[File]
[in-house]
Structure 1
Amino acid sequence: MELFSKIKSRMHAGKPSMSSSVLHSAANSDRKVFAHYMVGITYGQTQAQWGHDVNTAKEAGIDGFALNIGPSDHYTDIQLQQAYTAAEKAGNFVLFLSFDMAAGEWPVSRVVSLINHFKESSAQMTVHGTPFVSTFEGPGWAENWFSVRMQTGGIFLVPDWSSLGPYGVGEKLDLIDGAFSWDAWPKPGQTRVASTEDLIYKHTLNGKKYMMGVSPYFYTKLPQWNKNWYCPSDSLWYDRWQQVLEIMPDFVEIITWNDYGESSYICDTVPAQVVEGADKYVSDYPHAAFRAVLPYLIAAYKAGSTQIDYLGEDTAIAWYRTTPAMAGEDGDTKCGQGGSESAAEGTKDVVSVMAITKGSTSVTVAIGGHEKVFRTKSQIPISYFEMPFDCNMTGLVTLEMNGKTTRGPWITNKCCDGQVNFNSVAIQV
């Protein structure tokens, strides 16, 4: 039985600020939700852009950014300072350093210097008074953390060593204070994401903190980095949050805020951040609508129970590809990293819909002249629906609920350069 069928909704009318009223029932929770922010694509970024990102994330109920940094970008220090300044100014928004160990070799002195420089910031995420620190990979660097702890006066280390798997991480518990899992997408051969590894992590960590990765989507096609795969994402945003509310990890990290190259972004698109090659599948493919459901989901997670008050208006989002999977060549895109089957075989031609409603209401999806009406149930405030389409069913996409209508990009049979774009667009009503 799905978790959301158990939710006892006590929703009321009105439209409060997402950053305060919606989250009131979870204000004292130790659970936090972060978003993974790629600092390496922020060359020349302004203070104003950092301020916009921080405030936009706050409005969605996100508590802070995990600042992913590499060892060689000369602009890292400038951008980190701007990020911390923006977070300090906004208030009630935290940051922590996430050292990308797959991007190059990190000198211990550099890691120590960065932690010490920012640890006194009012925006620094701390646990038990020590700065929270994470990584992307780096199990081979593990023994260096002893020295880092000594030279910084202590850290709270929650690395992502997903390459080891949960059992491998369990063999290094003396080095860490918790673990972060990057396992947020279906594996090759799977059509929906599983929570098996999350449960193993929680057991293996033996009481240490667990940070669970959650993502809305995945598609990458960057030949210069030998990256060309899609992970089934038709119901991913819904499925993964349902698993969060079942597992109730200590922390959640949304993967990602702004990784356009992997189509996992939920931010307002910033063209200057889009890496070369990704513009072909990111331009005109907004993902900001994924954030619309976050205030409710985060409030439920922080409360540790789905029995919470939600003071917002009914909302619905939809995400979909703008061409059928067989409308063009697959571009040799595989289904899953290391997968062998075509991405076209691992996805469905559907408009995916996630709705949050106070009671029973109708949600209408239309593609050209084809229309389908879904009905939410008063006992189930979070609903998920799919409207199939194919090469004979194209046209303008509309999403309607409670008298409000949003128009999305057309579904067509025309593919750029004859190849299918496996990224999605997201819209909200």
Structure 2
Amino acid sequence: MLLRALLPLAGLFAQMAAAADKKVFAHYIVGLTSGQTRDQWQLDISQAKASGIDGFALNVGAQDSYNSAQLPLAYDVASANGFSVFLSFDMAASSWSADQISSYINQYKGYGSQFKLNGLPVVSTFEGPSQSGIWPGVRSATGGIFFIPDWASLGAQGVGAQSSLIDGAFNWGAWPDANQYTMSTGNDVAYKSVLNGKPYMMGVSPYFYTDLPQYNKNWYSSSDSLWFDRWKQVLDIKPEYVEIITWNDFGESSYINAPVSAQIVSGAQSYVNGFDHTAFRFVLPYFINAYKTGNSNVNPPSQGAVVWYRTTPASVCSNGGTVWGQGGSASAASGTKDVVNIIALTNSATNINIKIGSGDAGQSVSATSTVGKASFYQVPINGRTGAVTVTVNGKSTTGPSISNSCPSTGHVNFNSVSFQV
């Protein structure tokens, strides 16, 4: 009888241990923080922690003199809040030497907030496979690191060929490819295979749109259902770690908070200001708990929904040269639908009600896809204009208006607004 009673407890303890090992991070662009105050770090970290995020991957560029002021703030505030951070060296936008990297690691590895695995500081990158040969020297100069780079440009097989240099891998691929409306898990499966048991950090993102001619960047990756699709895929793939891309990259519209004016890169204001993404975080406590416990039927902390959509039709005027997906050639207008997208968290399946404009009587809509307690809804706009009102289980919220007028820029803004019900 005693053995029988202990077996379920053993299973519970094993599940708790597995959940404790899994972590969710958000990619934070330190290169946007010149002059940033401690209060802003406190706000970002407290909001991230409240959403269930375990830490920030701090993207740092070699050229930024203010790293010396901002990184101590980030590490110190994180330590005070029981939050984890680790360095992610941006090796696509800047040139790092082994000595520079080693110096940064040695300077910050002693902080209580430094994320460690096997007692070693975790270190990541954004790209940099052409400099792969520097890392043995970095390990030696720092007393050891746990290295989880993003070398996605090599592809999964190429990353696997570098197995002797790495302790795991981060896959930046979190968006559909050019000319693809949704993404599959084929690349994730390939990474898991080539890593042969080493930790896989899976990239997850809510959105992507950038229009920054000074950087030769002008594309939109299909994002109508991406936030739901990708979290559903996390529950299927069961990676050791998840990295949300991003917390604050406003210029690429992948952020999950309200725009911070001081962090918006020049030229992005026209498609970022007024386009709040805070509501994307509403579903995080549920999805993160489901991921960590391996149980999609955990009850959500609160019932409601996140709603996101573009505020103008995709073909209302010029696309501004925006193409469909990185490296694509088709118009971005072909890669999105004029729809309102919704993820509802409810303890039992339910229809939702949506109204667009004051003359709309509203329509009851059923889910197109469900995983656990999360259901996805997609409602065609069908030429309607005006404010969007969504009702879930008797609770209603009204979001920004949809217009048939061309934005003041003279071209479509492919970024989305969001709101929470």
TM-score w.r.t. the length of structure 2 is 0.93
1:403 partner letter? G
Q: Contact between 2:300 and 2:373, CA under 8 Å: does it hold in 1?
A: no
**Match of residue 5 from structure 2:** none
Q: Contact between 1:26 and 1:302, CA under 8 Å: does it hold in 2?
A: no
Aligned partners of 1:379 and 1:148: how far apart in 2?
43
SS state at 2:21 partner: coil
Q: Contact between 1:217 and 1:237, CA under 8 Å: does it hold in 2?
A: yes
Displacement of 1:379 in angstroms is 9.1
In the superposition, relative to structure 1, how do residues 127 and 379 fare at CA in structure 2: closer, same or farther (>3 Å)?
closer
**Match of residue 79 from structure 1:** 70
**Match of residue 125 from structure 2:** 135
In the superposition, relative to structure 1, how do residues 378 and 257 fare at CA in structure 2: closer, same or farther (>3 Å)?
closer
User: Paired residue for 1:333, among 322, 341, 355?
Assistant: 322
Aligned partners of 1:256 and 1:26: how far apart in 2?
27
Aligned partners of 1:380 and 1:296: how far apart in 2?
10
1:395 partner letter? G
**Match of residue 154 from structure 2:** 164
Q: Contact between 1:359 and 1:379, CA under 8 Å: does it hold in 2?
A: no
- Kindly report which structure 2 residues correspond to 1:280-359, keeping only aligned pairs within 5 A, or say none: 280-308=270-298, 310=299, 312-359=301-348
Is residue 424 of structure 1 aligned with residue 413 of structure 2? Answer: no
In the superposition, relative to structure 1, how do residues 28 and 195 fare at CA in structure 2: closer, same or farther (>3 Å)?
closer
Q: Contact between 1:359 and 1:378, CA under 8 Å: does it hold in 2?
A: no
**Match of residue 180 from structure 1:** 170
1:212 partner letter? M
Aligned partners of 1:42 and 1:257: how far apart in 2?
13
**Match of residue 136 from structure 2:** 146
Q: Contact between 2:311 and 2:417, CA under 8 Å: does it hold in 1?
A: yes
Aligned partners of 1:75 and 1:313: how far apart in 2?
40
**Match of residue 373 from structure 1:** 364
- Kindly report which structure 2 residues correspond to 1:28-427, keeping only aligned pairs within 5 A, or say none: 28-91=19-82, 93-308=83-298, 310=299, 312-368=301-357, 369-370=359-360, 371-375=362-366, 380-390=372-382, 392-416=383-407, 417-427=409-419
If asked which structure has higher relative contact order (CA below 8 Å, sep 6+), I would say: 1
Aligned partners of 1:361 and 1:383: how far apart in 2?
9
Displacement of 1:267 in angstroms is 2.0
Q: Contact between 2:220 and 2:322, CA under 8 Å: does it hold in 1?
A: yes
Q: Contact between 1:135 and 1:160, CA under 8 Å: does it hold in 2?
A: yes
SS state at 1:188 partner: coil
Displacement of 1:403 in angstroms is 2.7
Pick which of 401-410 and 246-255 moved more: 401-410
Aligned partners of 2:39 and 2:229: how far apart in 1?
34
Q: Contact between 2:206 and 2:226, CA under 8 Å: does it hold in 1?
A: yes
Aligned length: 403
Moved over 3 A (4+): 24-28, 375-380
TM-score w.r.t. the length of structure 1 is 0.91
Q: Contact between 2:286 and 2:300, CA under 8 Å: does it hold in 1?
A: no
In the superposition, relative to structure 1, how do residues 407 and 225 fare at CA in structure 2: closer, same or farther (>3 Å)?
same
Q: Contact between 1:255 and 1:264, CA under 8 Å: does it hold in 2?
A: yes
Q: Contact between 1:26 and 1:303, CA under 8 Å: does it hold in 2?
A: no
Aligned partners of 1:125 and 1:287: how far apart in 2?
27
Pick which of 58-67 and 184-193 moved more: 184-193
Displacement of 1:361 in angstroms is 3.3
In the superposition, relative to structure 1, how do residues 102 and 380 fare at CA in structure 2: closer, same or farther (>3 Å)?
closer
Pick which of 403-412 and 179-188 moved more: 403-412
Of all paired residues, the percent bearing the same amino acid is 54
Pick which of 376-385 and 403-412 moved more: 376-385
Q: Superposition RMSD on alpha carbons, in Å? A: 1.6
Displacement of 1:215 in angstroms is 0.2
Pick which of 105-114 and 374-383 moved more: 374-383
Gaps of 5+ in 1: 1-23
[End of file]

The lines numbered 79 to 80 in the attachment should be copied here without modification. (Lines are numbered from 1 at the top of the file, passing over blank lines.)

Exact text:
A: no
Aligned partners of 1:125 and 1:287: how far apart in 2?